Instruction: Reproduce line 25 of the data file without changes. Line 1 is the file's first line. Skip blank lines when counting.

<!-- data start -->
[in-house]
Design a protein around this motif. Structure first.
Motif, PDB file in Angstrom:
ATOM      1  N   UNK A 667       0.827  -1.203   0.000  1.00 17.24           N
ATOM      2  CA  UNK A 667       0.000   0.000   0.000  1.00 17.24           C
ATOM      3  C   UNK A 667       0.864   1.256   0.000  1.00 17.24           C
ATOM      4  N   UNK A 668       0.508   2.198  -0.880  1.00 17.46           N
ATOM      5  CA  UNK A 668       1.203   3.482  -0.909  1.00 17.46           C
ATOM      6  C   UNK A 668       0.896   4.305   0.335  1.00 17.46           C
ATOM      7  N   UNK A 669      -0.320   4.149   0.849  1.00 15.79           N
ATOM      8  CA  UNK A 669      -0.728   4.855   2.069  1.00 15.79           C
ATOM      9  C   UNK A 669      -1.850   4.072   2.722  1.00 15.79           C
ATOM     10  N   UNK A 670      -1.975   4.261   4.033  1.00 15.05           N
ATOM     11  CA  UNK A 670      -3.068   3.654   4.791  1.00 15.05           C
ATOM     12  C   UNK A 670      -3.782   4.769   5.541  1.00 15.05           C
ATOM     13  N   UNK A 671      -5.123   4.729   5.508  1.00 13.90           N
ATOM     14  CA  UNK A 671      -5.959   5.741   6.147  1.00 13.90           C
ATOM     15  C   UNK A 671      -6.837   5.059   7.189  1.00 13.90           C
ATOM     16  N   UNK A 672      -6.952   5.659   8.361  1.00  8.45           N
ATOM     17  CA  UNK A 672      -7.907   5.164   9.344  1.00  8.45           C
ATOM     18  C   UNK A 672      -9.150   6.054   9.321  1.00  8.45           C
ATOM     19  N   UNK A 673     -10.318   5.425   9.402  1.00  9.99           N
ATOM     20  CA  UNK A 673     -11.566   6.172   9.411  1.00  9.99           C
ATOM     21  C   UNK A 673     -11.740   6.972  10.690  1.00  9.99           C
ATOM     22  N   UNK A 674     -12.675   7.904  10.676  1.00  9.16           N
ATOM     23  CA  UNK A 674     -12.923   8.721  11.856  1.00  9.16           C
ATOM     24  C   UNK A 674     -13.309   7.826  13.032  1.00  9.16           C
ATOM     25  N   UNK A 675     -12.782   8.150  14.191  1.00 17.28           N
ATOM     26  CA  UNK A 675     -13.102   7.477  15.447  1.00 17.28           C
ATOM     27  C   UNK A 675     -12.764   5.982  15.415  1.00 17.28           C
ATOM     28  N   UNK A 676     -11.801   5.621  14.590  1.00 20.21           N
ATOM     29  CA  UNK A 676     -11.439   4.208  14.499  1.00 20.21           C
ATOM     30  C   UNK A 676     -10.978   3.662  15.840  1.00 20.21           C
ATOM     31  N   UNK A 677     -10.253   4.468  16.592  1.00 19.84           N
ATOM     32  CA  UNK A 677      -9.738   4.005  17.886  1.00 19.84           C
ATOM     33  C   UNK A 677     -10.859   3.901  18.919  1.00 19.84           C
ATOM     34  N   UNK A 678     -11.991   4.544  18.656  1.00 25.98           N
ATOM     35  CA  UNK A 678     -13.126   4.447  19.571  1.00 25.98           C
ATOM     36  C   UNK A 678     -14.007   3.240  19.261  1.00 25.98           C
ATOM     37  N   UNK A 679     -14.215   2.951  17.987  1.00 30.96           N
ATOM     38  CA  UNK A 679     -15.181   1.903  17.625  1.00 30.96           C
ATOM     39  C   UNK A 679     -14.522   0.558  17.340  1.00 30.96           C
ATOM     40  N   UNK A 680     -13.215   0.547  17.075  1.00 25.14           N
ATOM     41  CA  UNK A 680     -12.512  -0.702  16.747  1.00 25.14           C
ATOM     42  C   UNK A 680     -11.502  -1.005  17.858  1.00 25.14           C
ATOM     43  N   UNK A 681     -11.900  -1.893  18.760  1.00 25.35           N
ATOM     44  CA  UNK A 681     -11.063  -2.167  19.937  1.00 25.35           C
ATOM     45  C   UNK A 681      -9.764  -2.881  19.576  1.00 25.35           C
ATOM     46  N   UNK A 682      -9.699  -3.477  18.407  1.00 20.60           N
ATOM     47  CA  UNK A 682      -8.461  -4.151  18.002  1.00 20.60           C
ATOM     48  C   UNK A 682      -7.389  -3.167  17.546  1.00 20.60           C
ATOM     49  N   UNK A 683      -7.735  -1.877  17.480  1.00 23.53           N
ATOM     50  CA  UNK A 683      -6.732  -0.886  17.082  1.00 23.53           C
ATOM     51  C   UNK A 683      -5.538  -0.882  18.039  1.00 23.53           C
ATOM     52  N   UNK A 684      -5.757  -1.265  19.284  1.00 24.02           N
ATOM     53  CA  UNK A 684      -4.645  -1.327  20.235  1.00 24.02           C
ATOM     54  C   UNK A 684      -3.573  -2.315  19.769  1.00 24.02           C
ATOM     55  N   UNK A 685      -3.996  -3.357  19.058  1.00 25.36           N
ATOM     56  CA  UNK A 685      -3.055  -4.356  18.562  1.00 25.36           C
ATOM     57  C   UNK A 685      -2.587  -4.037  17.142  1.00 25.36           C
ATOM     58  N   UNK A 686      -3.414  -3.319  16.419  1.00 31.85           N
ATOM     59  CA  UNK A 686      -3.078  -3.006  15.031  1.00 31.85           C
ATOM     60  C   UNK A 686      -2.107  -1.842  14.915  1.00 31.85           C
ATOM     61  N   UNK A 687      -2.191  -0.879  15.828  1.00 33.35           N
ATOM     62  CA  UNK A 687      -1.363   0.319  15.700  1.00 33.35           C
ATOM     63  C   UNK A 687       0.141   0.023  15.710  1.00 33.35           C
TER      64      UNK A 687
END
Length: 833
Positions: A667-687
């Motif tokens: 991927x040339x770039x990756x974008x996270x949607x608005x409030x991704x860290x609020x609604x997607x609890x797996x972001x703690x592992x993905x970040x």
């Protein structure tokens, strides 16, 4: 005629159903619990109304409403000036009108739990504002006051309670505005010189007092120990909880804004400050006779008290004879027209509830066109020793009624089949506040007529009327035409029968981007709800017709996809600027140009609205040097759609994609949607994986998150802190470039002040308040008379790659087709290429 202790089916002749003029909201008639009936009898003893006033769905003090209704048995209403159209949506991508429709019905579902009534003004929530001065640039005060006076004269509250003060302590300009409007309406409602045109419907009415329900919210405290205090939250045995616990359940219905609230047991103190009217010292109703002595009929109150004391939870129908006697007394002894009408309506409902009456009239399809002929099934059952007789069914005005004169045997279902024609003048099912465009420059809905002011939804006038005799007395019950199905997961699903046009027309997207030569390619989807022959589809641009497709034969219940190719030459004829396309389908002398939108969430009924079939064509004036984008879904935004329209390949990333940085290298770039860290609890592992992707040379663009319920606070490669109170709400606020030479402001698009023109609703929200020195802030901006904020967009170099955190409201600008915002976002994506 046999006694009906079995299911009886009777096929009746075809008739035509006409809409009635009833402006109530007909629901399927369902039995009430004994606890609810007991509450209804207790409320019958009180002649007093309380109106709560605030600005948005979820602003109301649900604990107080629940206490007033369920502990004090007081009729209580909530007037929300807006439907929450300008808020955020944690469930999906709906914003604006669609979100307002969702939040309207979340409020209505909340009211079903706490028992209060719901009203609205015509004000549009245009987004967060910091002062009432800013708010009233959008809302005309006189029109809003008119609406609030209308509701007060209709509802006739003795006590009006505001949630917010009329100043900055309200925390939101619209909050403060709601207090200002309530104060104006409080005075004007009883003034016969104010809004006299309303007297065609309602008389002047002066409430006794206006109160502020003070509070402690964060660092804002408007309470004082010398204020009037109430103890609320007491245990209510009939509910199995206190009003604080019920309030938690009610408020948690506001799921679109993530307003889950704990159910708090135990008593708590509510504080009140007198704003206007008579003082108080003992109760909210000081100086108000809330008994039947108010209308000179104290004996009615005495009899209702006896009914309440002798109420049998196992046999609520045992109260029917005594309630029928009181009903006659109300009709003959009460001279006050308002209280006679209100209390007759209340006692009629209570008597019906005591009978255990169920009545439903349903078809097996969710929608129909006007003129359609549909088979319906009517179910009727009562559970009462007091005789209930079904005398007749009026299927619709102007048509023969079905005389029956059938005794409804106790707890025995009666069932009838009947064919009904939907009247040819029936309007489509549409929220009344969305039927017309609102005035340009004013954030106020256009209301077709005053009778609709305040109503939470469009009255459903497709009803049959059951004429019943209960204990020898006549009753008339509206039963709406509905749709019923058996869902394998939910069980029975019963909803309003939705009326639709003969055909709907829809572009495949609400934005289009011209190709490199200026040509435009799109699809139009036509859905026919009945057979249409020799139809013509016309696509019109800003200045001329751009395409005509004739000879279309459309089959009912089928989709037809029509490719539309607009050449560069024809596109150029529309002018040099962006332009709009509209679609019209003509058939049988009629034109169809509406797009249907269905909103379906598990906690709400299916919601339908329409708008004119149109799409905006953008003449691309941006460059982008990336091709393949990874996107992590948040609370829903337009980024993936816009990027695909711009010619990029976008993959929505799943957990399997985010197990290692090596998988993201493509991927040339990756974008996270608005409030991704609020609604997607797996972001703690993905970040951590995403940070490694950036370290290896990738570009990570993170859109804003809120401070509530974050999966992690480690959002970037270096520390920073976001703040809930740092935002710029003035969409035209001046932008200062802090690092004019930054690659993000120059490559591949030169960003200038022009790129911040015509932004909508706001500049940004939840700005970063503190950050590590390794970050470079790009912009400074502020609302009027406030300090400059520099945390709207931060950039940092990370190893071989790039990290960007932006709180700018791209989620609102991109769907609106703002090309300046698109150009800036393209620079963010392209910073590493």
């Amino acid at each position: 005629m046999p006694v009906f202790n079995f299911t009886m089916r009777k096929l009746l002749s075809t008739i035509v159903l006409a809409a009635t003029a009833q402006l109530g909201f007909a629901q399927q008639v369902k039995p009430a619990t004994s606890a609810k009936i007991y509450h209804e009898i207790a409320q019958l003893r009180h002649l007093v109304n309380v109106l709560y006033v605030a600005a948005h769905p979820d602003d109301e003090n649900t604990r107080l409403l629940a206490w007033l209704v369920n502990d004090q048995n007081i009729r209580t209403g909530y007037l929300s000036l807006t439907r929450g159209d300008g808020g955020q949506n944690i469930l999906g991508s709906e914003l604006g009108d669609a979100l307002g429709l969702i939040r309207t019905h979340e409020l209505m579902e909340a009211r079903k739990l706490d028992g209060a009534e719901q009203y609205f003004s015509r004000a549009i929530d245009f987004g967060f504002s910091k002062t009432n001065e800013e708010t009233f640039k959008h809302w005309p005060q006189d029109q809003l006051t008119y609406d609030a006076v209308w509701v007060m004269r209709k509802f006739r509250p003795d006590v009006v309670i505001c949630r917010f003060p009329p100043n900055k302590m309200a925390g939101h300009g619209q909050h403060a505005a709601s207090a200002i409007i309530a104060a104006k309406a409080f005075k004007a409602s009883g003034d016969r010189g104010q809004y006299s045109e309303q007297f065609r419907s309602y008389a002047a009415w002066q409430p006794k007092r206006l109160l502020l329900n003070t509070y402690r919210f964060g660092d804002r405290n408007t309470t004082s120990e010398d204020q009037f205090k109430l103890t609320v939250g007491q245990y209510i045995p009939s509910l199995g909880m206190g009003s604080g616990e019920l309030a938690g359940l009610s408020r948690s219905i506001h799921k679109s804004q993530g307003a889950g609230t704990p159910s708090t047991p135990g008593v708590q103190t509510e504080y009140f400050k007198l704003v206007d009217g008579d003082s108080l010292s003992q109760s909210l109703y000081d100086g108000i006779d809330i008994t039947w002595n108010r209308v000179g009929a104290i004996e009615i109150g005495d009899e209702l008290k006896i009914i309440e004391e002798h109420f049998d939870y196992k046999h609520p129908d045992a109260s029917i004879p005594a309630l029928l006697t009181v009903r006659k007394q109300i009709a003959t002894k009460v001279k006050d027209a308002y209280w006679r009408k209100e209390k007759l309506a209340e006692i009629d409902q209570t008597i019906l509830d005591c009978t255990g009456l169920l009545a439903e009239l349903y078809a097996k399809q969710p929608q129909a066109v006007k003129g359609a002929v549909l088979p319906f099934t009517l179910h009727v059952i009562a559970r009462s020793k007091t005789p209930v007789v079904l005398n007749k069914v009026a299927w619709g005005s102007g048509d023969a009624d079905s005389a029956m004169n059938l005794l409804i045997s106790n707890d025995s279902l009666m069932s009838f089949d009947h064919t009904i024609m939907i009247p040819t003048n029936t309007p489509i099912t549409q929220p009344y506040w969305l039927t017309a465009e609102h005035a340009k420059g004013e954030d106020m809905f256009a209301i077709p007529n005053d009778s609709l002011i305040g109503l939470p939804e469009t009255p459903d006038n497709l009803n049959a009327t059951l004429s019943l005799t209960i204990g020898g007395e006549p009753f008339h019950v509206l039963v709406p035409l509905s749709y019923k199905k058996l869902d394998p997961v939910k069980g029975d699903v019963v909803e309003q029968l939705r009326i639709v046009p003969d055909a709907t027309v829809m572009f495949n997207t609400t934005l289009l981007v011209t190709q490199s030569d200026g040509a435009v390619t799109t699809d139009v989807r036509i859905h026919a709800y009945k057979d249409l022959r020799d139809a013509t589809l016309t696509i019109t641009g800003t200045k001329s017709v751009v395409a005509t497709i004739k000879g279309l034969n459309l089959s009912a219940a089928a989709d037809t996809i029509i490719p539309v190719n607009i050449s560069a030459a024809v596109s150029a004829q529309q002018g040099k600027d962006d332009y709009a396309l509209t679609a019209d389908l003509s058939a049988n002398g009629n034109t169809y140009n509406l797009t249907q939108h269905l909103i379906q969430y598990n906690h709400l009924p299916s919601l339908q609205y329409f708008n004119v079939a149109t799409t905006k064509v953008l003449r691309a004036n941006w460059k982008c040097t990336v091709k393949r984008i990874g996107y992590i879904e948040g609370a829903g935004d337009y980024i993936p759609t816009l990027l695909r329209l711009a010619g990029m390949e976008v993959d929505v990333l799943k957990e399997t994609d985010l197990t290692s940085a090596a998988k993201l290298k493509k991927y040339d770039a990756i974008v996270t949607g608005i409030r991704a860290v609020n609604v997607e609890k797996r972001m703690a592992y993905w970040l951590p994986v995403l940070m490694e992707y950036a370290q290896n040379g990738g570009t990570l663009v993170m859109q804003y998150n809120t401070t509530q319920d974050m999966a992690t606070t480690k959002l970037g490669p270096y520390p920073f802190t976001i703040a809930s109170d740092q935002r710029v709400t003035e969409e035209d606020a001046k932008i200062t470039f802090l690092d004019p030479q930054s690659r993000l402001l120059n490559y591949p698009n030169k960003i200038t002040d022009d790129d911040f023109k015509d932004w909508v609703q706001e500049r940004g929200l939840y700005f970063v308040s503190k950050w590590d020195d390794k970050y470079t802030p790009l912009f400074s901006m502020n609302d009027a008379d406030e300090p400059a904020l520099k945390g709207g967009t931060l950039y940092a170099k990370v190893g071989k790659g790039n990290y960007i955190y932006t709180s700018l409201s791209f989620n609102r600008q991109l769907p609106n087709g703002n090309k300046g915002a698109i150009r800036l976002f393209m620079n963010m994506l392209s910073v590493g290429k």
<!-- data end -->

ATOM     22  N   UNK A 674     -12.675   7.904  10.676  1.00  9.16           N